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  #1  
Old August 7th, 2010, 06:11 AM
Sandrine Bascouert Sandrine Bascouert is offline
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Hi, found that the forum was a bit sleepy these days so here I am...

Made a retouch for my online portfolio, and I tried to make a "cry baby" style tattoo.
i DIDN'T READ ANY TUT ON THE NET because the idea came to me as I was refining the image (like a "eureka"!)

I find that it looks fake.
my color is
blue 31-50-63
blending vivid color, opacity 95%, large amount of blur.
tried the "Blend if": blue function, works well but it's too faded.



What do you think?
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Last edited by Asher Kelman; August 7th, 2010 at 09:18 AM. Reason: side by side and centered
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  #2  
Old August 7th, 2010, 09:32 AM
Asher Kelman Asher Kelman is offline
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Quote:
Originally Posted by Sandrine Bascouert View Post
Hi, found that the forum was a bit sleepy these days so here I am...

Made a retouch for my online portfolio, and I tried to make a "cry baby" style tattoo.
i DIDN'T READ ANY TUT ON THE NET because the idea came to me as I was refining the image (like a "eureka"!)

I find that it looks fake.
my color is
blue 31-50-63
blending vivid color, opacity 95%, large amount of blur.
tried the "Blend if": blue function, works well but it's too faded.
What do you think?

Sandrine,

Having put them side by side, that was a mistake! Each one interfered with the other. The first picture is sharp, looks staged, but works. The two elements, the eyes and the lips are needed and balance each other.



Now we are distracted by the decoration on her left cheek and the increased importance of the forehead and shape of the nose, (being so close to the camera), as more of the picture is so blurred.



In such images, the lips seem to be sharper to make it work. Maybe blur the entire face!

Asher
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  #3  
Old August 7th, 2010, 09:56 AM
Ken Tanaka Ken Tanaka is offline
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Quote:
Originally Posted by Asher Kelman View Post

Having put them side by side, that was a mistake! Each one interfered with the other. The first picture is sharp, looks staged, but works. The two elements, the eyes and the lips are needed and balance each other.
My view of this is apparently completely different from Asher's. As an a/b camera techie comparison it's a big "so what".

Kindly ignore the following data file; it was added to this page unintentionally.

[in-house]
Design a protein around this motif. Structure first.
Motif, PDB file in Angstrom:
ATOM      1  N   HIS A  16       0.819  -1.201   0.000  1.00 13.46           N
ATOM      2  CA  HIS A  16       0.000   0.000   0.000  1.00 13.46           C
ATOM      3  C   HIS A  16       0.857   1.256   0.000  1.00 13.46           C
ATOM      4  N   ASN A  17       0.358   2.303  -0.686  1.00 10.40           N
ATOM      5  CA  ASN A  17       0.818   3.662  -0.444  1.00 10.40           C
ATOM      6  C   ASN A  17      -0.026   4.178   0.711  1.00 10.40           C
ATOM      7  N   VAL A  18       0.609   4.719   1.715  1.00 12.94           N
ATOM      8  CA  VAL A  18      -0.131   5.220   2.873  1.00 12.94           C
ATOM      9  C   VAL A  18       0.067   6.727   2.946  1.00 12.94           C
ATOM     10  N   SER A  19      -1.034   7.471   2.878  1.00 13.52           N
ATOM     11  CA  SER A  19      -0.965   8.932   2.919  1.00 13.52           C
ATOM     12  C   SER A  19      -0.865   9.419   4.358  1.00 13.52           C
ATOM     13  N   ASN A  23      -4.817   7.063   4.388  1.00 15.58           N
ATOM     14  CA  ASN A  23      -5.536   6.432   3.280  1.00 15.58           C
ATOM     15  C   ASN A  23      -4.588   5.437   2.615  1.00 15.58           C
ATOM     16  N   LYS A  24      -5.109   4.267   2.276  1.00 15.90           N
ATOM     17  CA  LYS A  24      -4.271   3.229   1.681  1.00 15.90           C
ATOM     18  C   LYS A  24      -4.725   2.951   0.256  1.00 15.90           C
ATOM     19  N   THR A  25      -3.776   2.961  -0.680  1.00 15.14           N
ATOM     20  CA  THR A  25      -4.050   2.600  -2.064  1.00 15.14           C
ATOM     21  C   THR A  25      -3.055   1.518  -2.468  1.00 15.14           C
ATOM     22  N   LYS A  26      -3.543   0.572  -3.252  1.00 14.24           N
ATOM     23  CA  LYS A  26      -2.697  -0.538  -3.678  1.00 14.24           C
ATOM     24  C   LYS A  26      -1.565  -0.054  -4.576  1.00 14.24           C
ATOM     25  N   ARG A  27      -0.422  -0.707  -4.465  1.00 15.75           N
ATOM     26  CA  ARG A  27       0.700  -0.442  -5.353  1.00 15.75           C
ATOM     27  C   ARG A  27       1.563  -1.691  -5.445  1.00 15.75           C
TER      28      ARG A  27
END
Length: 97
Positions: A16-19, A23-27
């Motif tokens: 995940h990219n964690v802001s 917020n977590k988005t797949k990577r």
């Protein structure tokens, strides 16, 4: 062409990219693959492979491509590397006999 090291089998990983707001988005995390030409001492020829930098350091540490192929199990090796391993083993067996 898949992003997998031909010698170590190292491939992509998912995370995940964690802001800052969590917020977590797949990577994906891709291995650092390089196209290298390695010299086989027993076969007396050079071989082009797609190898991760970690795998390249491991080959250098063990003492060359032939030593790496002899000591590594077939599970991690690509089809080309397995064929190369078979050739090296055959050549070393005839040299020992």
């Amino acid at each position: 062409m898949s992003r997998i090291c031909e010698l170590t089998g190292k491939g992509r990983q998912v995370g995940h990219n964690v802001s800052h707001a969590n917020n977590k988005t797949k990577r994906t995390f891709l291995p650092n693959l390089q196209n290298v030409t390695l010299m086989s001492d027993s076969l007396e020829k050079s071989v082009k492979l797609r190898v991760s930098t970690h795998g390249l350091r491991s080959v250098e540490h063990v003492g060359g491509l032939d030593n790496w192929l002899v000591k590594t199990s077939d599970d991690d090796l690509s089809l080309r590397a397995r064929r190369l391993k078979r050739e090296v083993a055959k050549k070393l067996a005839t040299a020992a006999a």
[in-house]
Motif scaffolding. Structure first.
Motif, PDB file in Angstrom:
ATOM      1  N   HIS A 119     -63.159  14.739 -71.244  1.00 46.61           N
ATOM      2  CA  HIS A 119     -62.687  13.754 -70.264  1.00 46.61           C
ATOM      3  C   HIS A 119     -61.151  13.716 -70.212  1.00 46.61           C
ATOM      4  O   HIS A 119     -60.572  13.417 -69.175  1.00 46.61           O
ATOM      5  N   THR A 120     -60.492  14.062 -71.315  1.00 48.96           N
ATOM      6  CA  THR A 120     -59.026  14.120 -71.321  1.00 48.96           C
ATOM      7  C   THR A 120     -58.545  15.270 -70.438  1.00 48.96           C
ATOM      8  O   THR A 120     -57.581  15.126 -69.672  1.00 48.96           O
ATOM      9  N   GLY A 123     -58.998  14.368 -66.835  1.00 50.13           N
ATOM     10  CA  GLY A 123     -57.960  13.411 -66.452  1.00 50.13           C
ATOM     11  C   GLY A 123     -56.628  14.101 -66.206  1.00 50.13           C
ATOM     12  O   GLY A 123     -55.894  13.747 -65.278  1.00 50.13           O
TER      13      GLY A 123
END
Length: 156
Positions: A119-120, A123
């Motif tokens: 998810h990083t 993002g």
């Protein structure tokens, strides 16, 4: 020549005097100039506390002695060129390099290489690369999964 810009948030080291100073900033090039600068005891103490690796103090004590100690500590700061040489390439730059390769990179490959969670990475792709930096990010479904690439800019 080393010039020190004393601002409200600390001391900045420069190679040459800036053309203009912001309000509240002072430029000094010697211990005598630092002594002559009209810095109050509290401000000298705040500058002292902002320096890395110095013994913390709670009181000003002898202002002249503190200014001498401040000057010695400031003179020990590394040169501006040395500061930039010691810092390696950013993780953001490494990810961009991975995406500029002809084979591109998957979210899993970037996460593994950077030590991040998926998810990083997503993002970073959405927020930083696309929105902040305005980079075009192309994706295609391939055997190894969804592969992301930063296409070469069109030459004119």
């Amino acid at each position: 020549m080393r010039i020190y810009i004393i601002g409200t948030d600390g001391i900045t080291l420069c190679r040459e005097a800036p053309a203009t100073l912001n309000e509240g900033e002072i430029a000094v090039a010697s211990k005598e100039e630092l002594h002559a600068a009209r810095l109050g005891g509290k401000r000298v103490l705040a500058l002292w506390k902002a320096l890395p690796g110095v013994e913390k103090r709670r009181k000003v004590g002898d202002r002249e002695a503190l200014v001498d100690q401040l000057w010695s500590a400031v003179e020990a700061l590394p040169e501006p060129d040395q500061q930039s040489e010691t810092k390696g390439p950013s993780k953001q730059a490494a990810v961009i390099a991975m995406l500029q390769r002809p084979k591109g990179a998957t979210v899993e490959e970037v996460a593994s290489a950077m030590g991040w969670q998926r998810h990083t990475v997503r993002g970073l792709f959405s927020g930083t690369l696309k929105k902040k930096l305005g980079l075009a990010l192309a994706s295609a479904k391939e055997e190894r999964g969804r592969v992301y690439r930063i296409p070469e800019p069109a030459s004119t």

But it's value as a diptych is actually quite strong. I would not be at all surprised to see these frames printed quite large, probably on dibond or back-printed on acrylic, and hanging on view at this fall's Paris Photo with a dealer offer tag of $12,000 - $15,000.

I'm quite serious. This type of work could be, and indeed is, presented as powerful stuff in the art world today. You should consider toddling further down this path, Sandrine, particularly with this slightly feminine angle.
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Old August 7th, 2010, 11:03 AM
Sandrine Bascouert Sandrine Bascouert is offline
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I will be very honest, and first of all thank you Ken and Asher...
I found this image on Morguefile, where people dump their "below par" images for the use of others...So the photograph work is not mine, only the retouch is mine.
I was just posting this to know about your views on the technical point of view, retouching speaking.
my intend was to make her even more "cheeky" with an obvious sexual innuendo.
The tattoo was here to make her more girly, and it's absolutely not essential (IMHO).

I want to put it on my portfolio, and don't intend to make some money with it.
#If I do, I promise to share with the photographer :-)#

for those who are interressed...

http://www.morguefile.com/

and this

http://www.morguefile.com/license/morguefile/
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Old August 7th, 2010, 02:09 PM
Asher Kelman Asher Kelman is offline
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Quote:
Originally Posted by Ken Tanaka View Post
My view of this is apparently completely different from Asher's. As an a/b camera techie comparison it's a big "so what".

But it's value as a diptych is actually quite strong. I would not be at all surprised to see these frames printed quite large, probably on dibond or back-printed on acrylic, and hanging on view at this fall's Paris Photo with a dealer offer tag of $12,000 - $15,000.

I'm quite serious. This type of work could be, and indeed is, presented as powerful stuff in the art world today. You should consider toddling further down this path, Sandrine, particularly with this slightly feminine angle.
Thanks so much Ken for that brilliant idea and important reminder of the Paris show! On impulse, I'd edited Sandrine's post, since I thought the a/b/ comparison would better explain Sandrine's retouch work. Then regrets, too late, because that made them communicate, one with another. I missed that since I was focused on the value of her retouch.

Asher
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